This is a rewarding result. Indeed, the empirical design rule of Eq. (6) can be rewritten, for a convenience of comparison, as *z*_{m} ≈1.0048*l*_{d}/(2*N*), which agrees with Eq. (11) within 0.5%.

We now modify Eq. (4) for the SPM-induced spectral broadening to reflect variations in the pulse width *τ* and, hence, the peak power *P* as functions of *z*. To this end, we replace *τ*_{0} in Eq. (4) by *τ*(*z*) as defined by Eq. (10), and express the *z*-dependent peak power as *P*(*z*) = *P*_{0}/[*τ*_{0}*ψ*(*z*)], with *ψ*(*z*) as defined by Eq. (8). Then, within the same approximation as in the analysis above, we arrive at

Integration in Eq. (12) leads to

*β*

_{2}) = −1, and

*β*

_{2}) = + 1.

Equations (13) and (14) provide an approximate description of spectral broadening beyond the basic SPM theory in the high-*N* regime. As one important finding, these equations reveal the significance of the *l*_{c} length as the key spatial scale of the problem not only in the regime of soliton self-compression, when *l*_{c} defines the length of maximum pulse compression (Figs. 1a, 1b), but also in the case of normal dispersion. Indeed, for propagation paths *z* << *l*_{c}, $\mathrm{arcsin}\left(z/{l}_{c}\right)\approx z/{l}_{c}$ and $\mathrm{arctan}\left(z/{l}_{c}\right)\approx z/{l}_{c}$. In this limit, both Eq. (13) and Eq. (14) recover the celebrated result of the basic SPM theory [Eq. (4)], $\Delta \omega \left(z\right)\approx \gamma {P}_{0}z/{\tau}_{0}=\Delta {\omega}_{SPM}\left(z\right)$.

## 5. Discussion

In Figs. 2(a)–2(e), we compare predictions of Eqs. (13) and (14) with the numerical solution of the NSE [Eq. (1)]. To this end, we plot the normalized spectral bandwidth $\left[\Delta {\omega}_{0}+\Delta \omega \left(z\right)\right]/\Delta {\omega}_{0}$, Δ*ω*_{0} being the spectral bandwidth of the input pulse, for two different values of *N* in the regime of normal [Figs. 2(a), 2(b)] and anomalous [Figs. 2(c)–2(f)] dispersion. For both positive and negative *β*_{2}, our approximation provides a reasonably accurate description of SPM-induced spectral broadening within the entire applicability range of Eqs. (13) and (14), i.e., all the way up to *z* ≈*l*_{c}. When the propagation path is no longer much smaller than *l*_{c}, Eqs. (13) and (14) are instructive in showing how dispersion effects enter the scene, leading to spatial-scale renormalization. Indeed, for *z* << *l*_{c}, spectral broadening for both positive and negative *β*_{2} is given by Eq. (4), with the nonlinear phase shift accumulating as *z*/*l*_{nl}, articulating the significance of the nonlinear length *l*_{nl} as the spatial scale of the process. For longer propagation paths, however, the scenario of spectral broadening changes. As *z* ceases to be small compared to *l*_{c}, *l*_{nl} no longer provides a spatial scale that fully defines spectral broadening. Instead, as dispersion effects come into play, *l*_{nl} has to share its role as the spatial scale with the dispersion length *l*_{d}, through a geometric mean (*l*_{nl}*l*_{nl})^{1/2}, defining a new spatial scale *l*_{c}. This *l*_{nl}-to-*l*_{c} scale renormalization is analytically described by $\mathrm{arcsin}\left(z/{l}_{c}\right)$ in the anomalous dispersion regime [Eq. (13)] and $\mathrm{arctan}\left(z/{l}_{c}\right)$ in the case of normal dispersion [Eq. (14)], both providing a smooth transition from the *z* << *l*_{c} regime, where the *l*_{c} scale is completely eliminated, to the *z* ~*l*_{c} regime, where *l*_{nl} is suppressed as an isolated factor in Eqs. (13) and (14), entering the problem only through the *l*_{c} scale instead.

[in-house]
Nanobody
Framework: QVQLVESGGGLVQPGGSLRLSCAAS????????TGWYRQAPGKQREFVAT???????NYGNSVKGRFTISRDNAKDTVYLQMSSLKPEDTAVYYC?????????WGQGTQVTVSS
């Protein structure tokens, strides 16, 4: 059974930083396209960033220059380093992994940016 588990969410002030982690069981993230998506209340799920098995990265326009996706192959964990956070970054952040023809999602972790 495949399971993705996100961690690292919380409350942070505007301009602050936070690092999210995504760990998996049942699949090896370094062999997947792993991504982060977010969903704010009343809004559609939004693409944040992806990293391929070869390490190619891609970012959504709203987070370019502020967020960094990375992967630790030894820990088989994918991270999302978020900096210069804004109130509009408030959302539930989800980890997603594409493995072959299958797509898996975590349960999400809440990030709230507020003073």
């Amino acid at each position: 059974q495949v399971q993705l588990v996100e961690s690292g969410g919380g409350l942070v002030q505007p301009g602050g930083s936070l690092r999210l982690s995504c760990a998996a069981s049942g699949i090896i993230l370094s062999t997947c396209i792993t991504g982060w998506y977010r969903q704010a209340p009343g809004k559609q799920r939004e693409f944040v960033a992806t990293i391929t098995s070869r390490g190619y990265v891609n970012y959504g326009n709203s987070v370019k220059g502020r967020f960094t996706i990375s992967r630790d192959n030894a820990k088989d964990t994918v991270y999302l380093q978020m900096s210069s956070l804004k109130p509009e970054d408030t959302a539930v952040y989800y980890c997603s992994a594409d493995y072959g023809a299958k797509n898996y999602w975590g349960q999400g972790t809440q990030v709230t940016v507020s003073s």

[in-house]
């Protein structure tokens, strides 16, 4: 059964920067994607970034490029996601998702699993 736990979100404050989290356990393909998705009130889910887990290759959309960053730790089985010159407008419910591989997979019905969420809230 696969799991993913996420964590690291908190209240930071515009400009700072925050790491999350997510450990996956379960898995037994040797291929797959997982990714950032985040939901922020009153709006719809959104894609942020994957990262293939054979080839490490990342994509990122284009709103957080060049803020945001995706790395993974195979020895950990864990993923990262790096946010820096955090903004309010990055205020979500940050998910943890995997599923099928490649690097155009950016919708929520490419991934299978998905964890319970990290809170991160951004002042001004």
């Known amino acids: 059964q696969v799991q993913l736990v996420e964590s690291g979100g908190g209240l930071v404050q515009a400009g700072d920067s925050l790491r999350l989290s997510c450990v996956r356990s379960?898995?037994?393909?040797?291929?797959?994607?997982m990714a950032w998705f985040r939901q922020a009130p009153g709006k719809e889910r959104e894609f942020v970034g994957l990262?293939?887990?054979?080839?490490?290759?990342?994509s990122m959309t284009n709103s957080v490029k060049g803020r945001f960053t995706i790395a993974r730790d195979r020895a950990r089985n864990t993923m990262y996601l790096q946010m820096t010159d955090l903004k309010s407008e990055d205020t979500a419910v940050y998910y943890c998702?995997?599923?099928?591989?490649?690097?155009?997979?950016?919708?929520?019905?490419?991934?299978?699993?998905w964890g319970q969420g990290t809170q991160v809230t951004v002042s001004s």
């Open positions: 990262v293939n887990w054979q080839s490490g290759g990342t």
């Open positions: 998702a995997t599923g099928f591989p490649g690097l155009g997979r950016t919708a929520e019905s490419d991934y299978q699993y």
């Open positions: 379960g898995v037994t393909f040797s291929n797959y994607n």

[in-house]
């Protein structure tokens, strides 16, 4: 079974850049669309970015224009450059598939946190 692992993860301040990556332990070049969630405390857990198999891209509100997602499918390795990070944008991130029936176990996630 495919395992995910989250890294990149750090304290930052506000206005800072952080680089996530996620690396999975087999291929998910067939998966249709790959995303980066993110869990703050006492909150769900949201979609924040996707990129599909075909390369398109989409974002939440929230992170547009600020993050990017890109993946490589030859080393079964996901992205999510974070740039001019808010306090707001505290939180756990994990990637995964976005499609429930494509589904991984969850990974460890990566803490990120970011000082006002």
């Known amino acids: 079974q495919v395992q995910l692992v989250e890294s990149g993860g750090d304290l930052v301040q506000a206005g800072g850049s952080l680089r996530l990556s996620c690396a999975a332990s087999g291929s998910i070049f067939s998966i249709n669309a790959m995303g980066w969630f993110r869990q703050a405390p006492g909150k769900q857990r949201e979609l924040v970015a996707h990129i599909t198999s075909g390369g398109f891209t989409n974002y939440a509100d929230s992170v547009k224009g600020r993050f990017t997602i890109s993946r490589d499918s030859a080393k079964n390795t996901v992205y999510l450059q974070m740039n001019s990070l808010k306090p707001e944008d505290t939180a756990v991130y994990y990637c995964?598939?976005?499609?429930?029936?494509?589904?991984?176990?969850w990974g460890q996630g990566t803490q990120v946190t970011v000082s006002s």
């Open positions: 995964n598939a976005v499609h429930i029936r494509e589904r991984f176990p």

Unlike the basic SPM theory, whose predictions for the nonlinear phase shift [Eq. (3)] and the related spectral broadening [Eq. (4)] are insensitive to the sign of dispersion, Eqs. (13) and (14) provide a closed-form analytical description of how the difference between spectral broadening in the normal and anomalous dispersion regimes builds up as the pulse propagates along a nonlinear, dispersive medium. As *z* ceases to be much smaller than *l*_{c}, the difference becomes striking. For positive *β*_{2}, normal dispersion results in pulse stretching, decelerating spectral broadening. This effect, which is grasped by Eq. (14) and is clearly seen in Figs. 2(a) and 2(b), manifests itself in a broad class of nonlinear fiber-optic experiments [7, 8], including recent studies on the spectral broadening of high-energy short laser pulses in normally-dispersive large-mode-area photonic-crystal fibers (PCFs) [19, 20].

In the case of negative *β*_{2}, anomalous dispersion, acting jointly with nonlinearity, gives rise to soliton pulse self-compression [Figs. 1(a), 1(b)]. In the frequency domain, this translates into enhanced spectral broadening [Figs. 2(c)–2(f)], giving rise to an explosion-like growth in Δ*ω* near the point of maximum pulse compression, *z* ~*l*_{c}. As can be seen in Figs. 2(c)–2(f), our approximate analytical result of Eq. (13) agrees reasonably well with numerical simulations, thus offering a helpful analytical tool for the design of fiber-optic pulse compressors [7, 8], including PCF-based sources of single-cycle and few-cycle field waveforms [14, 21].